Wednesday, February 1, 2012

Book Report: The Bible Repairman, by Tim Powers

There are two writers whose work I will pick up without bothering to read cover copy. For me, the presence of their name on the cover is sufficient to trigger my buying reflexes. One is Terry Pratchett. The other is Tim Powers.

My first Powers book was On Stranger Tides. If your only exposure to this title was Jack Sparrow's screen antics in the latest installment of Pirates of the Caribbean, then go out, buy a gallon of memory bleach and this book. After that I read some of his earlier work (Anubis Gates, Drawing of the Dark), and almost all of his later work (Stress of Her Regard, Earthquake Weather, Declare).

His work is often set in an alternate history where the history we know is merely the surface, perceived veneer that covers up forces of sorcery, mysticism, mythology and superstition that truly shape events. He seems to take disparate notions (pirates, Greek mythology, voodoo... WWII spies, Genies, Noah, and the Cold War) and mixes them together in ways that are startling and confusing, but which make perfect sense as presented. OF COURSE Blackbeard's odd, psychotic behavior was driven by requirements of a voodoo ritual based in Odysseus's trip to the Underworld and would somehow result in his becoming immortal. Kim Philby, the English double-agent, was trying to gain the favor of Arabic spirits in his own bid for Mortality... And don't get me started on Einstein's time machine, or the Fisher King's rebirth in California.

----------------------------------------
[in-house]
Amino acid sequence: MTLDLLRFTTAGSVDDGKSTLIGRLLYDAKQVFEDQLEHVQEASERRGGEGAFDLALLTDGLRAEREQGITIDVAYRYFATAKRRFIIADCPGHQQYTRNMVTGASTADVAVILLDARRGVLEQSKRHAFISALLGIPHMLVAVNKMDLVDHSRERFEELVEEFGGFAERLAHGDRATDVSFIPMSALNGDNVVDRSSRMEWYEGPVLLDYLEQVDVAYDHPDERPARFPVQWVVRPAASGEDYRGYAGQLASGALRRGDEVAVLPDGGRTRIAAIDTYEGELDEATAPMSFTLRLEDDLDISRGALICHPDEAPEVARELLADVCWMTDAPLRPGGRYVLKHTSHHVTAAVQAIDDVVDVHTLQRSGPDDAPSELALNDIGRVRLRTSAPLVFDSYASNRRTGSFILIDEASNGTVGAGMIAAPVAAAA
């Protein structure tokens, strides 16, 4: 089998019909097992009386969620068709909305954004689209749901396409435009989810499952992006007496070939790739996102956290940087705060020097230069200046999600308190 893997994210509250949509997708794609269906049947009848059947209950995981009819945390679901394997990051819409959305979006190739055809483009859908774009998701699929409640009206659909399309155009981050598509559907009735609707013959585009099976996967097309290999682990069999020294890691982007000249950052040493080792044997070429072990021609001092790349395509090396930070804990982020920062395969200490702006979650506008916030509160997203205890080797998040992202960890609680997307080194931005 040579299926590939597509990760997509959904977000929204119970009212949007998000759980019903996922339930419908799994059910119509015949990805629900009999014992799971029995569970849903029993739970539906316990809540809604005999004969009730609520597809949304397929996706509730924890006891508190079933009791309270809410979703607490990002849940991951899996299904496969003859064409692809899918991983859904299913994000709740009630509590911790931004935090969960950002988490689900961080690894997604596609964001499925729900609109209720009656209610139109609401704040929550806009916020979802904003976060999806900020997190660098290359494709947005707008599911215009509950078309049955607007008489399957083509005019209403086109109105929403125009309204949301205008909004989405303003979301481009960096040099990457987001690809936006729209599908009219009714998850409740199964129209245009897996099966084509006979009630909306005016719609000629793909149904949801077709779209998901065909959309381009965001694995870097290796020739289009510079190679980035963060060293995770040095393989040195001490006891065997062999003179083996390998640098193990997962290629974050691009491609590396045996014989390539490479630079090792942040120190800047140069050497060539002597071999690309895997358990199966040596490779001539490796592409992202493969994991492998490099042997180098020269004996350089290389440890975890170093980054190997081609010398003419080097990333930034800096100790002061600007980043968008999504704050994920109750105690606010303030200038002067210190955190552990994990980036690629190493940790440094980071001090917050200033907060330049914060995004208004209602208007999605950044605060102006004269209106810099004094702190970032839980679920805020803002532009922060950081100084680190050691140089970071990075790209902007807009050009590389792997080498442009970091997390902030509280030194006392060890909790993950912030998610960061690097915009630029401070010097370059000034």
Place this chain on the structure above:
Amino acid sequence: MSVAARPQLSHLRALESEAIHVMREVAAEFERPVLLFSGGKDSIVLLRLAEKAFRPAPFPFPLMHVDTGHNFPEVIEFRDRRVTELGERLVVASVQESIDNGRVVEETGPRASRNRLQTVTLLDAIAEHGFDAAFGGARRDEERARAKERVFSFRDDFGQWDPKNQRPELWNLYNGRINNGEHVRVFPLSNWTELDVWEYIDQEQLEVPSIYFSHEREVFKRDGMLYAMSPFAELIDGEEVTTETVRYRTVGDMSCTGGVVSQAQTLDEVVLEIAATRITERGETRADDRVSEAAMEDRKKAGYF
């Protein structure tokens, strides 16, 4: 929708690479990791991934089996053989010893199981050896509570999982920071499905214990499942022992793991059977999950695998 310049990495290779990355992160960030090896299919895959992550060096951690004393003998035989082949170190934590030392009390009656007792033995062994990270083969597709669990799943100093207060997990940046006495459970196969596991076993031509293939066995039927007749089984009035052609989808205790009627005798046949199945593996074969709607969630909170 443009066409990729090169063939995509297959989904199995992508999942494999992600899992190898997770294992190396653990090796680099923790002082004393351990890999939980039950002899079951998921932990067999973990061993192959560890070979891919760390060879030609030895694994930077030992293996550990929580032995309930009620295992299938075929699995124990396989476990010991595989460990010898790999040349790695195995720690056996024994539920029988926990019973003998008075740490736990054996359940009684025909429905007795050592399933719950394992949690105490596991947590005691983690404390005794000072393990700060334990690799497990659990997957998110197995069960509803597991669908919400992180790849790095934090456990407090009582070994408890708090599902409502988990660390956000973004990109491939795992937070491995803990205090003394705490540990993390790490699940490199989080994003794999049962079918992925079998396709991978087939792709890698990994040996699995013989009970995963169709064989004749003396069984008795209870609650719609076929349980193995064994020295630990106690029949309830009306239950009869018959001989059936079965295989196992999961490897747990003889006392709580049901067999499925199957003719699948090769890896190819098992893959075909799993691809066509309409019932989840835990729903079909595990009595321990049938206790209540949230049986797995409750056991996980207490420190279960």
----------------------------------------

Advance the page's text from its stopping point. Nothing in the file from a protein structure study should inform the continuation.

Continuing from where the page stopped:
The Bible Repairman is a collection of Mr. Powers' short stories. Although nowhere near the complexity of his novel-length work, these stories share his unique approach to the strange, the magical, and their lurking presence under the mundane. It also includes a novella which forms a sequel, or a coda, to the Stress of Her Regard, featuring Trelawney (a friend of Byron).

His work is not an easy read. His research is deep, and many times I've pulled my head out of one of his books with dozens of unanswered questions. I often get the feeling that if I had an encyclopedic knowledge of history and mythology, I'd be able to follow everything. As it is, I feel I miss something sometimes. The Bible Repairman is no different in that regard.

Ulysses Rating: 3 - I enjoyed this.

2 comments:

maine character said...

Intriguing. And I do have a Bible that could use some repair, but I get the sense that's not what that story's about.

Ulysses said...

Good guess. I'm a little fuzzy on why Bibles need repair in the story. I gather it involves removing some content and has something to do with ghosts.

You never quite know all of what's going on behind the scenes in a Powers story.